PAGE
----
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Turkey detains former navy commanders, what’s Erdogan’s plan exactly?

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Treaties and conventions are like ground rules that ensure fair play. But if you’re a rogue leader like Turkish President Erdogan, then treaties are nothing but chains. They dent your global ambitions.

Last month Erdogan abandoned a treaty on gender violence. Apparently, women’s safety is a distraction in power plays. But he isn’t done yet.

Erdogan is planning to violate another treaty. This one was signed in 1936 during the world war. Under this agreement the Bosporus and Dardanelles straits were given to Turkey.

Turkey had control. But with a caveat. Only civilian ships would sail through these waters. The Bosporus would not be militarised. That was the rule.

But rules have seldom stopped Erdogan. He has devised a workaround. Since he can’t militarise the Bosporus, he is planning to create a completely new waterway.

In effect a second Bosporus. It is expected to be a 45 kilometer long canal to the west of the natural route.

But why is Erdogan building it? The canal is one of the president’s grand projects. A re-imagination of 21st century Turkey.

It has already bankrupted the economy. And made a laughing stock of the national currency the Lira. But the president will do anything for a return to the glory days.

Turkish officials say the new canal will reduce traffic on the Bosporus. They also say that the old convention will not apply. But Turkey’s battle-hardened veterans disagree.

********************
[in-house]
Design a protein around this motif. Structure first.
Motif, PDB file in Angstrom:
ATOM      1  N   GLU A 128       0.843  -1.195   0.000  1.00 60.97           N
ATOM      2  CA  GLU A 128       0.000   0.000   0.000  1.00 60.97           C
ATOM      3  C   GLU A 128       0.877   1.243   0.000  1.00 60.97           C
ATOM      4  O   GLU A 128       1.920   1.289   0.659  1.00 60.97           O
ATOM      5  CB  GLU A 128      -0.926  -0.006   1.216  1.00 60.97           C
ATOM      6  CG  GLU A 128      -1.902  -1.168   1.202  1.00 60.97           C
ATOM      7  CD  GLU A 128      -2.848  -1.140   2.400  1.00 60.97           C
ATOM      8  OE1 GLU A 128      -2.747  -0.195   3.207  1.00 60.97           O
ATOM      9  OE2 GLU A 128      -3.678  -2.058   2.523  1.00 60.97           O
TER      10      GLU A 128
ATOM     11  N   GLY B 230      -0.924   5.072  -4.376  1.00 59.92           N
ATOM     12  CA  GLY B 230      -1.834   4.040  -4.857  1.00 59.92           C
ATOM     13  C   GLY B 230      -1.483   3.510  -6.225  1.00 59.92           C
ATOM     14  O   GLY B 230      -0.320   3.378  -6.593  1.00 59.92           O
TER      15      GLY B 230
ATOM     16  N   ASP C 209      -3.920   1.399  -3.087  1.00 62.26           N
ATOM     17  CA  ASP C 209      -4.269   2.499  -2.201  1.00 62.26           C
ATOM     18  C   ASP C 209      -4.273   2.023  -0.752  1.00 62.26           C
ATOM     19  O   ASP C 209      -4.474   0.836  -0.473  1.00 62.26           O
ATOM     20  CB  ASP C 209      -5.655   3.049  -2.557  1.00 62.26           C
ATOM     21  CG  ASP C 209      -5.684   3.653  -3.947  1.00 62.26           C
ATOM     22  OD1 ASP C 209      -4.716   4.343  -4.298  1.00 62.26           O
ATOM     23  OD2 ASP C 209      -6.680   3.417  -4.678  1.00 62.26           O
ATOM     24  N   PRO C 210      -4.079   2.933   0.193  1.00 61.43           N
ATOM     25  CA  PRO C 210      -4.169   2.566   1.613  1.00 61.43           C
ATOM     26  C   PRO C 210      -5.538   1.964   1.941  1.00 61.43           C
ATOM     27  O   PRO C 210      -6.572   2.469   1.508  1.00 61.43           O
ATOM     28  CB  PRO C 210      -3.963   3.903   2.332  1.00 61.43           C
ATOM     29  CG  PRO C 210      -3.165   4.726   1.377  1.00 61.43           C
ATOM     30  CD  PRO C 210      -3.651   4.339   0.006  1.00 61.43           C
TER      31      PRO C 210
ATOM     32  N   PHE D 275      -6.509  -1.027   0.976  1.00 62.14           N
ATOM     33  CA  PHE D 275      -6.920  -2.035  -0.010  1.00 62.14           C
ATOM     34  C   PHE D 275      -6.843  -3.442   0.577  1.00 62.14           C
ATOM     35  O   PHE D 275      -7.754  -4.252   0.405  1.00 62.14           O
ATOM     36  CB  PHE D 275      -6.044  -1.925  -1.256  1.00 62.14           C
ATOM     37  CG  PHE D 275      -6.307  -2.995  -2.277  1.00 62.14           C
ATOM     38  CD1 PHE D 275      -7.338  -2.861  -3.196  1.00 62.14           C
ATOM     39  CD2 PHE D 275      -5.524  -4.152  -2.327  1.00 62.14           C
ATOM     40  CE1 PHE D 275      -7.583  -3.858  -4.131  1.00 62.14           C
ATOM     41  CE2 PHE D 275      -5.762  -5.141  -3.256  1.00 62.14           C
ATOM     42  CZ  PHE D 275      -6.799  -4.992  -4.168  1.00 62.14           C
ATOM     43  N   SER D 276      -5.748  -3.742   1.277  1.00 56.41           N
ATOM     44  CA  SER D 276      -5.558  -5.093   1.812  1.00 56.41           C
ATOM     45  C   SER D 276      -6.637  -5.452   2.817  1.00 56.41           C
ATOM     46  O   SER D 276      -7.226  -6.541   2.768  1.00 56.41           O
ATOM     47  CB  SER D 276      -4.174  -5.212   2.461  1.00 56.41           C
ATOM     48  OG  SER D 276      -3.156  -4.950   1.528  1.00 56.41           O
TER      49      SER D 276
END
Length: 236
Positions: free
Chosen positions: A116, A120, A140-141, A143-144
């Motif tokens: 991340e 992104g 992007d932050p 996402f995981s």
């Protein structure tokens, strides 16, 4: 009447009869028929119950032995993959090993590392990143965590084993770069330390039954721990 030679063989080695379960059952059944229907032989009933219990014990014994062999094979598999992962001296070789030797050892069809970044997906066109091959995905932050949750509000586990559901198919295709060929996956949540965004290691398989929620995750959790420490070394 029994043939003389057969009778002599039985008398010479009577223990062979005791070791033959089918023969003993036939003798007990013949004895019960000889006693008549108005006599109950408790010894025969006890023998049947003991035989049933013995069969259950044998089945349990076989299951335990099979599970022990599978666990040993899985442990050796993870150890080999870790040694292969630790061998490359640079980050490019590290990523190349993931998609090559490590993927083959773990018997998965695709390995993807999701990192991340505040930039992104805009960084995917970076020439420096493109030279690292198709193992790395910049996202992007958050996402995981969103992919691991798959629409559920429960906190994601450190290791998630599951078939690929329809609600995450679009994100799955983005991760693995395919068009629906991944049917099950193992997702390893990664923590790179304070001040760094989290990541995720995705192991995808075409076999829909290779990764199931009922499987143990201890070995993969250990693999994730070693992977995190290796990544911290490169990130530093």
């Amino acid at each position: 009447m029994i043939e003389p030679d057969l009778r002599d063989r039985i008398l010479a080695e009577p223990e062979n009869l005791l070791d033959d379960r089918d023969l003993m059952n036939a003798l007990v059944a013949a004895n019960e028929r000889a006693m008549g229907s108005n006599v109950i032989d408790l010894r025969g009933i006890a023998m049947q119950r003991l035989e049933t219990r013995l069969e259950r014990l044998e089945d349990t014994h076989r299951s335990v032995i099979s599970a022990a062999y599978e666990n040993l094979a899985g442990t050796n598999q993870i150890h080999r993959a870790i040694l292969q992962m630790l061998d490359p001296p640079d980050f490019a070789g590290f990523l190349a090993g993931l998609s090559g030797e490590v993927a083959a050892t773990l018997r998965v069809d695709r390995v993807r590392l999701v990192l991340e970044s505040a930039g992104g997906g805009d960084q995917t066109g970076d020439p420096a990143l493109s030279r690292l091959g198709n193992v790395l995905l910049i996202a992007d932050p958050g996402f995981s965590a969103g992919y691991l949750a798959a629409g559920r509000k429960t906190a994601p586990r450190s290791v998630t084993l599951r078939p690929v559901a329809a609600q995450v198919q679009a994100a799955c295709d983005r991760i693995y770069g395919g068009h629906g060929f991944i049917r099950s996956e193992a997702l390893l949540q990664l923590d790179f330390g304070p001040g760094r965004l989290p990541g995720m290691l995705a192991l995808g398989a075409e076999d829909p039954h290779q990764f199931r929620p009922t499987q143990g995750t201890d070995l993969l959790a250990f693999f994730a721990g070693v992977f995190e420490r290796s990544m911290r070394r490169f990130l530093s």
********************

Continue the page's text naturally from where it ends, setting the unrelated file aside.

104 former navy officers signed an open letter against President Erdogan. They say the canal project is a violation of the treaty. And that it will harm regional security.

But all the president heard was the warning bell of a coup. The response was swift. 10 retired admirals have been arrested.

The charges? Conspiring against state security and constitutional order.

This is how Erdogan’s spokesman defended the arrest.

“A group of retired soldiers are putting themselves into a laughable and miserable position with their statement that echoes military coup times.”

Sums up what’s happening in Turkey. Free speech is laughable. And dissent equals attempted coup.

Since 2016, Erdogan sees a hostile takeover everywhere. It’s the classic sign of a leader insecure about public support.

The new canal project is a destabilising act.

For instance, The black sea has been historically dominated by Russia. But what if American warships enter the waters? Erdogan loves playing allies and rivals.

It’s something he has perfected in his dealings with the European Union.

We could get a glimpse of it on Tuesday. Top officials of the EU Ursula von der Leyen and Charles Michel are due in Ankara.

They are hoping to find a solution to the Turkish problem.

Here’s the issue, Turkey is a candidate for EU membership. But it has disputes with existing members like Greece. And an abhorrent record on human rights to boot.

So what are the EU officials hoping to achieve? Brussels is ready to engage. But only if Erdogan takes positive steps.

So let’s recount what the president has done in the last few weeks. He abandoned a treaty on gender violence. He detained dozens of university students for protesting. He approved a plan that violates an 85-year old treaty. And he arrested retired officers who opposed the move. If this is Erdogan’s idea of wooing Brussels there is no hope.

There is a wide chasm between what the Turkish president says and what he does. Last year, he talked about Turkey’s European destiny.

But he continues to alienate the EU with aggressive posturing. Many say Turkey’s future is linked to Europe’s. That’s what the country’s founder Kemal Ataturk believed.

But Kemal Ataturk was a statesman. He believed in International Law.

Erdogan on the other hand is what many call self-styled. His style being disruptive, intolerant and ruthless. So if geopolitics were a sport Erdogan would never qualify as a sportsman.

 

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